www.faithandculture.us/resources/papers/diamond2.pdf

No Brain, No Consciousness
"Anesthesia Awareness" is a phenomena of a LIVING BRAIN.

Re-Oriented Goals for Kumbayah Discussions with Islamofascists
As I read the last paragraph of redefining our desired outcomes through holding hands, chanting to the forests and beating drums with the leaders of the Islamofascists, the words "Dhimmitude" and "Surrender" loudly clamour in my skull.

Engaging religious fanatics in productive discussions is a very futile effort, especially when they can hide behind their haditha and suras that claim anything is fair game in pursuit of jihad including lying, dissembling while putting a knife in the neck of your child.

Quite frankly, the ROW (rest of world) is in a bind regarding emboldened Islamofascists in light of the obvious weakening of the moral fiber of the United States.

No Ghosts then?
Once the brain is dead the consciousness dies too?

All the people who have seen and recorded images of ghosts and the mediums that talk to spirits are all kooks?

"But what few may realize is Dubois' prime power - making contact with people after death - has been subjected to three years of UA research scientifically designed to determine if she is an authentic "medium" or a fraud.
Although the studies have stirred controversy nationwide and have been slammed by several skeptics, the Harvard-trained UA professor who ran them strongly defends their legitimacy, as does Dubois."

http://www.azstarnet.com/sn/related/57187.php

Doctor's thought the patient was NOT conscious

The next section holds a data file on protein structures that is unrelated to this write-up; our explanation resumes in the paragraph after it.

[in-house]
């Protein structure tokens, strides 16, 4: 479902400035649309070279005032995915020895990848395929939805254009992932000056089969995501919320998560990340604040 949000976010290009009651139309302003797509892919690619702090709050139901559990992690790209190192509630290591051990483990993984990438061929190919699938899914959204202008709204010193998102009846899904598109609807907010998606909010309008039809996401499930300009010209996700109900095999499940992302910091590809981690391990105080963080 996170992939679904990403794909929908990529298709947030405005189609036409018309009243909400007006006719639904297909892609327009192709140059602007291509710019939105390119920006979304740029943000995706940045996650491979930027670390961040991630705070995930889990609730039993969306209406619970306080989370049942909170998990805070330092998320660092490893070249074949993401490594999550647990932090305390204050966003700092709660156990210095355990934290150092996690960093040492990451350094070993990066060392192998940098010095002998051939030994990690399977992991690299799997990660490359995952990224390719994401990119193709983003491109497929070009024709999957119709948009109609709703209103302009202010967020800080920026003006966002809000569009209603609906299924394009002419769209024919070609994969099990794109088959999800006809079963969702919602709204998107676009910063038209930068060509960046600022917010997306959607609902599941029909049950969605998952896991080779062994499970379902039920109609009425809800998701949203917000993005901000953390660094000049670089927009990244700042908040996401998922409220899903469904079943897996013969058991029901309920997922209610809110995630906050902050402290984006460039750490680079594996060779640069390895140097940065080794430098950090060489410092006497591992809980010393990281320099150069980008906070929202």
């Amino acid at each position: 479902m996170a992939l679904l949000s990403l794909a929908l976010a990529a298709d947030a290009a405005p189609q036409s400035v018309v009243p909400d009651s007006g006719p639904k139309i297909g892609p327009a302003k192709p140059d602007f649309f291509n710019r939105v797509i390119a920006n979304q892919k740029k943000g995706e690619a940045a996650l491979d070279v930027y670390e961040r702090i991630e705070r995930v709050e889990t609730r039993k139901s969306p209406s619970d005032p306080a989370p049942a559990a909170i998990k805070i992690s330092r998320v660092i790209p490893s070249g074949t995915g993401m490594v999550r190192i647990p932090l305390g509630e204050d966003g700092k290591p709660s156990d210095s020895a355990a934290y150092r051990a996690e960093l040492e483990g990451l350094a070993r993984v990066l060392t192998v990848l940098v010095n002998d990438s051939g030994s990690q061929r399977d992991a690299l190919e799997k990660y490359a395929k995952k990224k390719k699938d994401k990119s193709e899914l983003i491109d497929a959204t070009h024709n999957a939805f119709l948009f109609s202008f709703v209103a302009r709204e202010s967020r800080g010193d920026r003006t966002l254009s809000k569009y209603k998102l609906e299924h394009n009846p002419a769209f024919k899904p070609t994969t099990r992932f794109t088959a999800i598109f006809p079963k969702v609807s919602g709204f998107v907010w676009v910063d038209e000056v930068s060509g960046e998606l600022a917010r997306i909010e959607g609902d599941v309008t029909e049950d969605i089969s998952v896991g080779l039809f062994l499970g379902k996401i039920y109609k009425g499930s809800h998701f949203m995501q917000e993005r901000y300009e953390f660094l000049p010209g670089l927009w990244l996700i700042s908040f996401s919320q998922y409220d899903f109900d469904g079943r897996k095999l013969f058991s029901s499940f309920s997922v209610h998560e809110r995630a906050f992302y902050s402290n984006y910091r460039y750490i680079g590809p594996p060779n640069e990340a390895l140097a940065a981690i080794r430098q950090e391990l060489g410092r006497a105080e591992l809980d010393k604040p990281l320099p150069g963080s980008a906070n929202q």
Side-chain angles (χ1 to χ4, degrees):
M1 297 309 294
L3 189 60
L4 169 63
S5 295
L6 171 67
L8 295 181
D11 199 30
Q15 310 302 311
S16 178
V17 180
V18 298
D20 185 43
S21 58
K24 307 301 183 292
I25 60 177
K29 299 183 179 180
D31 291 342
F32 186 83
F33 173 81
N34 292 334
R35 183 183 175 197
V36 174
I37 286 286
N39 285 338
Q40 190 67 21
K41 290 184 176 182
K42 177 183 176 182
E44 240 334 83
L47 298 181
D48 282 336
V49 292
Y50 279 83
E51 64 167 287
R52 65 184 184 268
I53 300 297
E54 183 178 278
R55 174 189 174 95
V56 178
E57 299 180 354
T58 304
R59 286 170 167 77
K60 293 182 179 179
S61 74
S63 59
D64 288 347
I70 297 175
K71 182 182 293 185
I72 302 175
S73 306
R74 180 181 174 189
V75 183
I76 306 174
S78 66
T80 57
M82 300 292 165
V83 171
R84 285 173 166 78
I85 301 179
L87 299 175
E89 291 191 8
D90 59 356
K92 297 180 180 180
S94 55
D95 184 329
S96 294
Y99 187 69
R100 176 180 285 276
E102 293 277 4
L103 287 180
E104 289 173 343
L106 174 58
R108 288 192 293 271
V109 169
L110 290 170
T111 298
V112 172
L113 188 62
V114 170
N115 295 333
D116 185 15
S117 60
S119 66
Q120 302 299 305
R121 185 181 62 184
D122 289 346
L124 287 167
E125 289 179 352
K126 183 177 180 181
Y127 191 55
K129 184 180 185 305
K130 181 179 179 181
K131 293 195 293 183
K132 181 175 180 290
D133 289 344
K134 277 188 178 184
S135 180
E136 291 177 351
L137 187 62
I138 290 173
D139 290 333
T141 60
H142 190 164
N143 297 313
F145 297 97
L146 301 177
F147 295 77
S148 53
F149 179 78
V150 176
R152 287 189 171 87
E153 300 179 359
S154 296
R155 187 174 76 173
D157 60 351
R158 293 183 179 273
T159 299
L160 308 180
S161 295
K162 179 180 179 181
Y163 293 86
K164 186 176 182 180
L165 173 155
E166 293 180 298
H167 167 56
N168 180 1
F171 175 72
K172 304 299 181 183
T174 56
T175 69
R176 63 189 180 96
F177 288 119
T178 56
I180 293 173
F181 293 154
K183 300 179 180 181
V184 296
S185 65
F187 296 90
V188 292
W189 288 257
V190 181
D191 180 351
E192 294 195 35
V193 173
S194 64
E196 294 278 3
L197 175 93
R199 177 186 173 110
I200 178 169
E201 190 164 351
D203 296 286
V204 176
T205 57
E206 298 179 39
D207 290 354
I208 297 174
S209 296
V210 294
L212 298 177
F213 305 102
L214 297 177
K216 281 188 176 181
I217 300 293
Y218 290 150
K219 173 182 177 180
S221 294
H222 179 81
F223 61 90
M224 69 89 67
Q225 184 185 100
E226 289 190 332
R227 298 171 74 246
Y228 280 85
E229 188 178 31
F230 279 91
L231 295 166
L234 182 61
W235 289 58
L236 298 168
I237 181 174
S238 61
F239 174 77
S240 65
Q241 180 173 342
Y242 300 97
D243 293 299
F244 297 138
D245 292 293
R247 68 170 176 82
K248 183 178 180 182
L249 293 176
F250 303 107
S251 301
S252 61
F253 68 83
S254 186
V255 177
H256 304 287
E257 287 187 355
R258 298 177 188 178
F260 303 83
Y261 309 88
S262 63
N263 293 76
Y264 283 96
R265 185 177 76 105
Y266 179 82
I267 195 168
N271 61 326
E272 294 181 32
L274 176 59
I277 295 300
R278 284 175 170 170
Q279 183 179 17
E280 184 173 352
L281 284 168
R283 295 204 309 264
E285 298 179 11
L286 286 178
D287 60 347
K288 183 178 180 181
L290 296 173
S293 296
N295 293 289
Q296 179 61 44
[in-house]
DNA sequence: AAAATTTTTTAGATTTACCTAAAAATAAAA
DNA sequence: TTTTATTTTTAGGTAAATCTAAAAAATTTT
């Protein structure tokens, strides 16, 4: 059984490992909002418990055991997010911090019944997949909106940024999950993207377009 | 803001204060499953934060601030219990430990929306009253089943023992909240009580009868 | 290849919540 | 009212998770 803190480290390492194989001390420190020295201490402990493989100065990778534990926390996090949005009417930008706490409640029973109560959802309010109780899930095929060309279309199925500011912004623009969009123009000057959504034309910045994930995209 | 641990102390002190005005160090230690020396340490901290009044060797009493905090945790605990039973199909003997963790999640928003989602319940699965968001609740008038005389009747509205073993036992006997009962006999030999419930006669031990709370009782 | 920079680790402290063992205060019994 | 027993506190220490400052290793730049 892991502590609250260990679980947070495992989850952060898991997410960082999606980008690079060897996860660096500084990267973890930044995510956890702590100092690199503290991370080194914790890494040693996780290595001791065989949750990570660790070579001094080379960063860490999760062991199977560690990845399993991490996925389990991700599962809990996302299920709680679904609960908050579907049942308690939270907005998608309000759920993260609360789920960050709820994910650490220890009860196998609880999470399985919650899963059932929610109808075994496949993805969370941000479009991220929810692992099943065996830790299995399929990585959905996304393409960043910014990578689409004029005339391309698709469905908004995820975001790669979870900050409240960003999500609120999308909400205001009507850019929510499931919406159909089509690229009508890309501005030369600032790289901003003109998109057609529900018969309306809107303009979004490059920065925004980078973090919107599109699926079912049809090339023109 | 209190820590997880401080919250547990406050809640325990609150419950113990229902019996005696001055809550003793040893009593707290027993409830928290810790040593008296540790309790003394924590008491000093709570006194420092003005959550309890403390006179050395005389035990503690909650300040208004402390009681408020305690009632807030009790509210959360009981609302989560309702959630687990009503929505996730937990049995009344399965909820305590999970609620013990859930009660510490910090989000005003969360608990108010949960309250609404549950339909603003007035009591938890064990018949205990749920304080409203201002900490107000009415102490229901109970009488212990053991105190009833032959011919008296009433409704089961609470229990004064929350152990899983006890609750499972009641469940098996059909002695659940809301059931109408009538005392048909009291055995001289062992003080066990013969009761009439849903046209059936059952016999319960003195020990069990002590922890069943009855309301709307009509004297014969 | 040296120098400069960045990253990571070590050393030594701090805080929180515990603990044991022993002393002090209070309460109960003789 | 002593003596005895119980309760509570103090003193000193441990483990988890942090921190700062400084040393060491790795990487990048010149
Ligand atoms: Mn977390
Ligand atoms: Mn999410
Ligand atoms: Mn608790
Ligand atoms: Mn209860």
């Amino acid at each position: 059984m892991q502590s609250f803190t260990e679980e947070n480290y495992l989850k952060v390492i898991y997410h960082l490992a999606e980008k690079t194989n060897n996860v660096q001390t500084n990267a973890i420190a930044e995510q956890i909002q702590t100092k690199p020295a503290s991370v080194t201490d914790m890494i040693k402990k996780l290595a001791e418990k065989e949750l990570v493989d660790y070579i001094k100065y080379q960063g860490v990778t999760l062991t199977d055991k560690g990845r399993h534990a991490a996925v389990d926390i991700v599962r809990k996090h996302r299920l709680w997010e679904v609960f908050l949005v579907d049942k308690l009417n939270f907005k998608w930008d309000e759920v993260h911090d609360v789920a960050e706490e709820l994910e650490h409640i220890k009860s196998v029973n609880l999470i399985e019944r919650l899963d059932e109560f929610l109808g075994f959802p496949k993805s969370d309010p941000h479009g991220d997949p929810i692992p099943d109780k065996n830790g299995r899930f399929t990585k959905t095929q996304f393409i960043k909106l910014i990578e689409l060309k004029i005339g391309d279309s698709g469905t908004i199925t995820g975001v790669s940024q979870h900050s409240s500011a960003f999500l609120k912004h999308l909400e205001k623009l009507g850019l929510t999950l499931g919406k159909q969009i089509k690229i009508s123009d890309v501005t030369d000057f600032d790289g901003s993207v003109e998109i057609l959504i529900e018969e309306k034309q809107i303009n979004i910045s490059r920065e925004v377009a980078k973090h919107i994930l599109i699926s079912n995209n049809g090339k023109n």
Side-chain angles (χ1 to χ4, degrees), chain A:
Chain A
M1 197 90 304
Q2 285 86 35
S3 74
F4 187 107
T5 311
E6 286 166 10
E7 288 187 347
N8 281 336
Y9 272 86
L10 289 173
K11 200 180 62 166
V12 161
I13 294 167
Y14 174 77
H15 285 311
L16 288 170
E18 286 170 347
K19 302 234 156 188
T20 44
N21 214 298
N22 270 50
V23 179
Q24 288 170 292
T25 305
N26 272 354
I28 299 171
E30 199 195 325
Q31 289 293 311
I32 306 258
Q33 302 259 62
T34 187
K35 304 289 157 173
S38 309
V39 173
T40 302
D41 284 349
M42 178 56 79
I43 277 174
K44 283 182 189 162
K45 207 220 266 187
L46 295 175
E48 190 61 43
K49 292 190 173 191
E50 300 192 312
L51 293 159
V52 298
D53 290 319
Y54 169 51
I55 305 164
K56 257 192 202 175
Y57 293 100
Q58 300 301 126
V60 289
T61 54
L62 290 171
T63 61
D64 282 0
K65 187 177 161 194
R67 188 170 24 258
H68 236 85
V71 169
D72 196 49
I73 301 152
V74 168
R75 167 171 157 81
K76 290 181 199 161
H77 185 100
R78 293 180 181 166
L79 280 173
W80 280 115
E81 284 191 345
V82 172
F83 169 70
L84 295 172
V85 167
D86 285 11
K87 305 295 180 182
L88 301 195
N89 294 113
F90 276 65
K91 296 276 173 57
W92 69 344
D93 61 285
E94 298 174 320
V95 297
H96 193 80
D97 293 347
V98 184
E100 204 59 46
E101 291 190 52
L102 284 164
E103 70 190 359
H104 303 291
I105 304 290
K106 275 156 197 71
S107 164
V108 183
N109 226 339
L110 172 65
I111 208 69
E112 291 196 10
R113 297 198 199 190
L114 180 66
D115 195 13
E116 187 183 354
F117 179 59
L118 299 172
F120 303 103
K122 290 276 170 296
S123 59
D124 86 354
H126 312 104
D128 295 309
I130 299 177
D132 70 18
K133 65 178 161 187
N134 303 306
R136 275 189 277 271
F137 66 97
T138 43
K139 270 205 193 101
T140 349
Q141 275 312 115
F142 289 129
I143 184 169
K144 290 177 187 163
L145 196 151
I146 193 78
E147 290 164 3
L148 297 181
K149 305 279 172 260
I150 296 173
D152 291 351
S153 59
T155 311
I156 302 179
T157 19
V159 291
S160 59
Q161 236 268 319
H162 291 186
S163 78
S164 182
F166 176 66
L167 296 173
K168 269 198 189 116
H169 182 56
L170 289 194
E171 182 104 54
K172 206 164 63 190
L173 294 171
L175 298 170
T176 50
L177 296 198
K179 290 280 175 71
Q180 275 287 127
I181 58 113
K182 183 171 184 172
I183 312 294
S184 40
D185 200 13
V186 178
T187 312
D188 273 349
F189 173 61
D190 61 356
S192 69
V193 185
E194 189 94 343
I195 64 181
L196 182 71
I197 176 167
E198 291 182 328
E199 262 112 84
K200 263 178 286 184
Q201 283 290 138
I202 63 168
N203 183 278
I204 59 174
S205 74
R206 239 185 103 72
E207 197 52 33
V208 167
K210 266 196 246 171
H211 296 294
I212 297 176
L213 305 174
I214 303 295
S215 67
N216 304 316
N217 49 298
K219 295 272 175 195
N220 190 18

!

True That Sully
I think you're right SullyA. The point that Romans were simply more animalistic or primitive in their brutality is a much larger point than the idea that Roman communication systems were more primitive than today. But the fact that news can travel the entire world in a matter of hours is a consideration.

I think humans have evolved, our sense of morality is much more refined today compared to times of the Romans. I think we've learned from acts of brutality throughout history and decided we're going to be better than that. Heck, even in just the past 70 years or so the rules we apply to ourselves in war have changed dramatically.

Its interesting, life is so much easier for us humans today compared to Roman times, but life is still not easy.

This is kinda funny, a few years ago I came up with the idea to bring back the Roman colisseums. With sports like UFC, etc. gaining in popularity I thought it was time to bring back gladiator contests, fights to the death. My friends thought I was crazy. Maybe the public isn't ready for it yet.

Romans and moderns
I think the only reason we shrink form using harsh methods today, is because we feel safe. The bombs in market places, the torture videas, and so on - they just don't seem real when you are sitting in a comfy room in America or Europe. When London was bombed in WWII they opted for a disproportionate response. When Indians attacked white settlers in America, Amercians repsonded with "Roman methods" (I would prefer Jacksonain methods). People are basically no different than in ancient times, but cultures change is all.

Vae victus
Never mind Rome. The US succesfully won similar wars against native peoples and defeated a Muslim insurgency in the Phillipines. The methods employed were ugly, but in the end winning is what counts.

IN 17th and 18th century North America the native nations were stronger than the European powers. All factions negotiated and had shifting alliances and so on. When the new USA was in a stronger military postion, she succesfully exploited that. No mystery!

I think the Israelis should have done an ethnic cleansing operation in Lebanon. They should have used most of their army to forcibly remove the entire population South of the Litani River. The Croats did that with the Serbs in their new/old country succesfuly with an assist from the Clinton administration.

Ghosts Busted
"All the people who have seen and recorded images of ghosts and the mediums that talk to spirits are all kooks?"

Yes.

Well, some may be delusional, others liars, but most simply want to believe in a world of ghosts and spirits -- like well-meaning but ignorant children.